A year after #PanamaPapers and following this week's #ParadisePapers, @theresa_may must open up UK tax havens now https://t.co/lRChIYC0KN pic.twitter.com/HWxKX85404— Global Witness (@Global_Witness) November 10, 2017
VIDEO: UK Government must crack down on corruption
Our campaigner Naomi Hirst lists the five things the government said it would do (but hasn’t) and calls for the Prime Minister to make good on the promises her government made at the International Anti-Corruption Summit just last year.
FACT CHECK: Premier of Bermuda misled BBC Today programme listeners over tax haven secrecy
David Burt, the Premier of Bermuda, misled listeners on BBC Radio 4’s Today programme about Bermuda’s efforts to tackle the corporate secrecy that enables tax avoidance, evasion, corruption and money laundering this morning.
In response to the Paradise Papers revelations, he was asked “Your register of ownership is not public, it is secret,” Mr Burt replied “Our register of ownership is public and not secret. The fact is that Bermuda has known who the beneficial owners of our companies have been for over 70 years.”
This is not true. Bermuda does not have a public register of beneficial ownership. Read more on our blog
VIDEO: UK tax havens at the centre of a dirty offshore system
Campaigner Nienke Palstra responds to the Panama Papers leaks with a reminder this is also a story about corruption and money laundering - and why the UK government needs to act.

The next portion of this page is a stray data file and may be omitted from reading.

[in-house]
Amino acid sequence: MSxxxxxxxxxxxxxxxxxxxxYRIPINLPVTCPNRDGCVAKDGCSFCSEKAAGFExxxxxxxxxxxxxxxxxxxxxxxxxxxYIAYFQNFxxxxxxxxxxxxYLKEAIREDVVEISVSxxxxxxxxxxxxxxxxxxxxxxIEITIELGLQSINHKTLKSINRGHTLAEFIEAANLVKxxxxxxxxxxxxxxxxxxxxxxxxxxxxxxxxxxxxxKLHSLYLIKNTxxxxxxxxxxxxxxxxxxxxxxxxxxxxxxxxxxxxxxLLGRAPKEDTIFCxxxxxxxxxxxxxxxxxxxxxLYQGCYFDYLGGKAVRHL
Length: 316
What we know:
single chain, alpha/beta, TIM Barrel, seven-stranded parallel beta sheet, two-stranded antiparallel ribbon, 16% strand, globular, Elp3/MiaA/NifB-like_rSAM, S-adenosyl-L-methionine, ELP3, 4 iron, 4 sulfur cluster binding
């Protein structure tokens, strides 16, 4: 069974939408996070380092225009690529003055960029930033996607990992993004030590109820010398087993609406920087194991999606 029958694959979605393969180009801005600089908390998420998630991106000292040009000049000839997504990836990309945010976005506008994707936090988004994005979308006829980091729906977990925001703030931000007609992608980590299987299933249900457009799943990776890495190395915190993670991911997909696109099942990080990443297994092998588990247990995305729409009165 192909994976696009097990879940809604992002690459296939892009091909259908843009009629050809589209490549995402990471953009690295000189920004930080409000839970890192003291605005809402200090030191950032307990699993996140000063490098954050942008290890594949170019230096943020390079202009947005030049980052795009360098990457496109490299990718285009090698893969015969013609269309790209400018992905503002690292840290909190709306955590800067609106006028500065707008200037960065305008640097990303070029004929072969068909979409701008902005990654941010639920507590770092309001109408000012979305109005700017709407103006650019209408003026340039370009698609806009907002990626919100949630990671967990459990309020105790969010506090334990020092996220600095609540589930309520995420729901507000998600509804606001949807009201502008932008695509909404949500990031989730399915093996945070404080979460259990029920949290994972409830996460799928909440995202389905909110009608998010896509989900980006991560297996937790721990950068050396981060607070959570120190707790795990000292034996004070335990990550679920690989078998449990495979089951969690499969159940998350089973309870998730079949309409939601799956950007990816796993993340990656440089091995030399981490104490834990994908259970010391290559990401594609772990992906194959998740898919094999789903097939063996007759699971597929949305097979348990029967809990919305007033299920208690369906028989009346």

Wilbur Ross - another instance of conflicts of interest within the Trump administration
According to the documents, Trump-appointed U.S. Commerce Secretary Wilbur Ross used a constellation of companies, some with their ownership undisclosed. The companies were set up by Appleby to retain shares in Navigator Holdings, a shipping firm with business ties to a Russian oligarch subject to American sanctions. Read our statement in full here
Paradise Papers expose ‘flight’ risks posed by anonymous companies and private U.S. aircraft
The Paradise Papers leaks also highlight the role of US banks in selling secrecy to foreign individuals seeking to register aircraft in the US – even those with links to companies under US sanctions. See our full statement here.
Background to this issue
Briefings to download:
Other Global Witness blogs on and briefings on this issue:
- 10 lessons learned from the UK's public
register of the real owners of companies
- 8 reasons why public registers of companies are necessary
- An idiots' guide to money laundering
- Can the EU can learn from the Azerbaijani laundromat scandal in tackling anonymous company ownership
Appleby states it has thoroughly and vigorously investigated the Paradise Papers allegations and is satisfied that there is no evidence of any wrongdoing by themselves or their clients.
Find out more
Lucy BeckSenior Communications Advisor, Conflict and Fragile States